Private Miracles

Despite rumors to the contrary, the Roman Catholic Church is skeptical of miracles. Quick to point out pareidolia where it occurs, looking like the Blessed Virgin in a tree stump or highway underpass, this is no credulous organization. Everyday miracles, doctrinal ones, of course are accepted. Transubstantiation is a quotidian miracle as the mass is no mere ritual. Flashier miracles—even some very impressive ones—are treated with suspicion and the rigor of Scotland Yard. When one of my regular readers pointed out the bleeding communion host in Kearns, Utah, I knew I had to check it out. As is to be expected in such cases, the Catholic Church does not disappoint. Some are calling it a miracle, but those who are do not speak for the Diocese.

Keeping in mind that my source for the story is Fox (Fox news seems more interested than most in this incident), apparently what happened is that a parishioner returned a host to the priest during communion. The priest put the host in a glass of water to dissolve it, but instead it began to “bleed.” Church officials were called in to investigate. There are several things odd here, although I’m no inquisitor, that make me wonder about the veracity of the story. First: Fox news. There are other outlets as well, so I’ll let that go at the moment. When a person was given a wafer at Nashotah House and for whatever reason turned it back in, the celebrant simply ate it. Priests, by definition believers in miracles, need not worry about germs. Protecting the host from desecration was the main thing. Putting it in a glass of water? I suppose that’s acceptable in some places, but even an Episcopalian would be shocked. And why was the host returned? Surely it wasn’t defective.

The Eucharist is the central rite of the liturgical churches, and it isn’t taken lightly. Although it is a miracle-laced event, it is expected that the transformation will follow the prescribed rite. I sometimes ponder what priests would do in the face of a genuine, unexplainable wonder. The side of the believer that yearns for validation would surely want to put it on Fox news for all the world to see. The private side would want to let it happen without any need to say anything about it. Keep it a private miracle. In a year when Starbucks red is a sign of an impending war, I wonder if a bleeding host is the most apt way to get the attention of the unfaithful when a simple cup of coffee will do.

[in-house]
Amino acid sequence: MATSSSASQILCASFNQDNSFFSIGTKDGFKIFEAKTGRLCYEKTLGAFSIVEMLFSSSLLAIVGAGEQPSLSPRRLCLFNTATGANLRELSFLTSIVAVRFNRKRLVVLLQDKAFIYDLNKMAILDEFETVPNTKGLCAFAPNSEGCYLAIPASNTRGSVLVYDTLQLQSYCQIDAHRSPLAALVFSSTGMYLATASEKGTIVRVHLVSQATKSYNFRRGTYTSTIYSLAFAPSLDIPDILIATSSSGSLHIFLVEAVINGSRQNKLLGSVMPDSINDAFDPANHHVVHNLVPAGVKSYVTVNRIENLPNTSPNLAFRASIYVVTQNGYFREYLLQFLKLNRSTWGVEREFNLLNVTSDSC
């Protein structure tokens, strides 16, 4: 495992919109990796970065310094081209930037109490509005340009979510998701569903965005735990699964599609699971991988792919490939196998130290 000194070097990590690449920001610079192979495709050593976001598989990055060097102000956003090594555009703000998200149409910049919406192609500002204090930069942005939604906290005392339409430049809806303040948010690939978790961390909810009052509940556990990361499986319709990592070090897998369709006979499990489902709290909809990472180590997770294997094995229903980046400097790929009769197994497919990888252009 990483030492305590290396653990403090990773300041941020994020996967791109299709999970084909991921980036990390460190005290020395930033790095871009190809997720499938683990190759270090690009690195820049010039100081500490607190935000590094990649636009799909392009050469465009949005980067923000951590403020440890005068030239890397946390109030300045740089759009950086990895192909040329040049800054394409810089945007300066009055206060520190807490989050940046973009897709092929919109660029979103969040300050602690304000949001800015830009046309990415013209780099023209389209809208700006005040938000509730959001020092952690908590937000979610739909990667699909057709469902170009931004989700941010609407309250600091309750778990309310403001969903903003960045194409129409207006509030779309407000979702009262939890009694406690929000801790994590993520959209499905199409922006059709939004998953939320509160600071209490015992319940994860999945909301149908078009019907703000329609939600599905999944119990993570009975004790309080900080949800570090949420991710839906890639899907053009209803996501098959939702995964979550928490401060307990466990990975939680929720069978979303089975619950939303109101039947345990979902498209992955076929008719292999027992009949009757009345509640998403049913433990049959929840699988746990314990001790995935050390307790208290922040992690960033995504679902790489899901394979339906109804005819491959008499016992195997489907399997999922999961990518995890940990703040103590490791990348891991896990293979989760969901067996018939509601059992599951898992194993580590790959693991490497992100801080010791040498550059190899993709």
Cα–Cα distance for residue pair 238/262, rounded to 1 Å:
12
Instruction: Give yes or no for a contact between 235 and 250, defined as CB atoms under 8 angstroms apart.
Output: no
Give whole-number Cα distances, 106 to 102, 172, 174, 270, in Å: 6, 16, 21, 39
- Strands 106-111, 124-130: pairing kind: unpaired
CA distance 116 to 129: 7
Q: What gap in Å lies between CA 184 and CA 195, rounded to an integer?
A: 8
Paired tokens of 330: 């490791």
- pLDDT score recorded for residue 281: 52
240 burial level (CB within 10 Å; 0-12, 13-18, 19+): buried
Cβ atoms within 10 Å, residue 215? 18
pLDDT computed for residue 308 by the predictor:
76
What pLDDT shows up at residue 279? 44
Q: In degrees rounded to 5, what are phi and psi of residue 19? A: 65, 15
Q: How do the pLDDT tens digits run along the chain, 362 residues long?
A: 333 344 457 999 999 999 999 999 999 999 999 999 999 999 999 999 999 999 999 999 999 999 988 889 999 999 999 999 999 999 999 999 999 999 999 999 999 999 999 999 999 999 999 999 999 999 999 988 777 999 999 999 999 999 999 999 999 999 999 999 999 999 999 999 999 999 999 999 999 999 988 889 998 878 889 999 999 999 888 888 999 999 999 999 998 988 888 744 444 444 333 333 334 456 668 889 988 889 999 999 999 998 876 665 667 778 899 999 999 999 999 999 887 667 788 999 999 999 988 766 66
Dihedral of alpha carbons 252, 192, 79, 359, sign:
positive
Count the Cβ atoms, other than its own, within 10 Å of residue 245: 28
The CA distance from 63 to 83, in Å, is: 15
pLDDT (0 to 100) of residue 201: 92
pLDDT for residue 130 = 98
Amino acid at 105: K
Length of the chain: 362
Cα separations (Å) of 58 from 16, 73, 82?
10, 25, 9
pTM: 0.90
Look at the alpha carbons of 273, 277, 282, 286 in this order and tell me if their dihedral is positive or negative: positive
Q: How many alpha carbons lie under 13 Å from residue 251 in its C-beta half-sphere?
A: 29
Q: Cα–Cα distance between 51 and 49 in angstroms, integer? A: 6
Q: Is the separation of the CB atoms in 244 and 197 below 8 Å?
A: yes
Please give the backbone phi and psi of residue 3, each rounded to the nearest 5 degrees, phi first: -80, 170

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Ordinary Magic

ConjuringSpirits copyThe concept of grimoires, as well as being seasonal, has been on my mind as I finish up my paper for the Society of Biblical Literature annual meeting next month. Grimoires, books of magic, have eluded, for the most part, the interests of scholars. Who takes magic seriously, anyway? Slowly our gaze is working its way away from our noses and out to the magical world beyond. Conjuring Spirits: Texts and Traditions of Medieval Magic is a textbook example of what happens when you bring the two together (scholars and magic, that is). Like most collected works, the pieces range from fascinating to somewhat magical in their ability to cause the eyes to close. Nevertheless I learned quite a bit from this book edited by Claire Fanger. Magic is not nearly so rare as we like to claim it is.

Perhaps the biggest takeaway from these essays is that grimoires were not only written by witches. Indeed, in the Middle Ages many of them were written by clerics and monks. They were avidly used by doctors, as science likely has its roots in magic rather than in some sudden enlightenment that matter is all there is. Medicine was still beholden to Aristotle, Hippocrates, and Galen. Humors and stars could make you unwell, and the wise physician would do well to pay attention to magic as well. Today we’re too sophisticated for that, but we still call the unexplained the placebo effect.

Although the church became the great enemy of magic, it was also one of its main sources. The Mass, with transubstantiation, seemed alchemical. Miracles of healing, known throughout the Bible, suggested that the improbable was indeed possible. A number of grimoires contained instructions to work such wonders. One of the most vehemently condemned was a book informing how to attain the beatific vision—a worthy enough goal—but it did so in a way that circumvented the power of the church. Garden variety magic was also available, of course, as were recipes calling for brain of black cat and blood of bat. Witches, after all, were mainly sought out by the church. Those with power are not easily compelled to relinquish it. It should surprise no one then that magic continues to thrive.

Lost Supper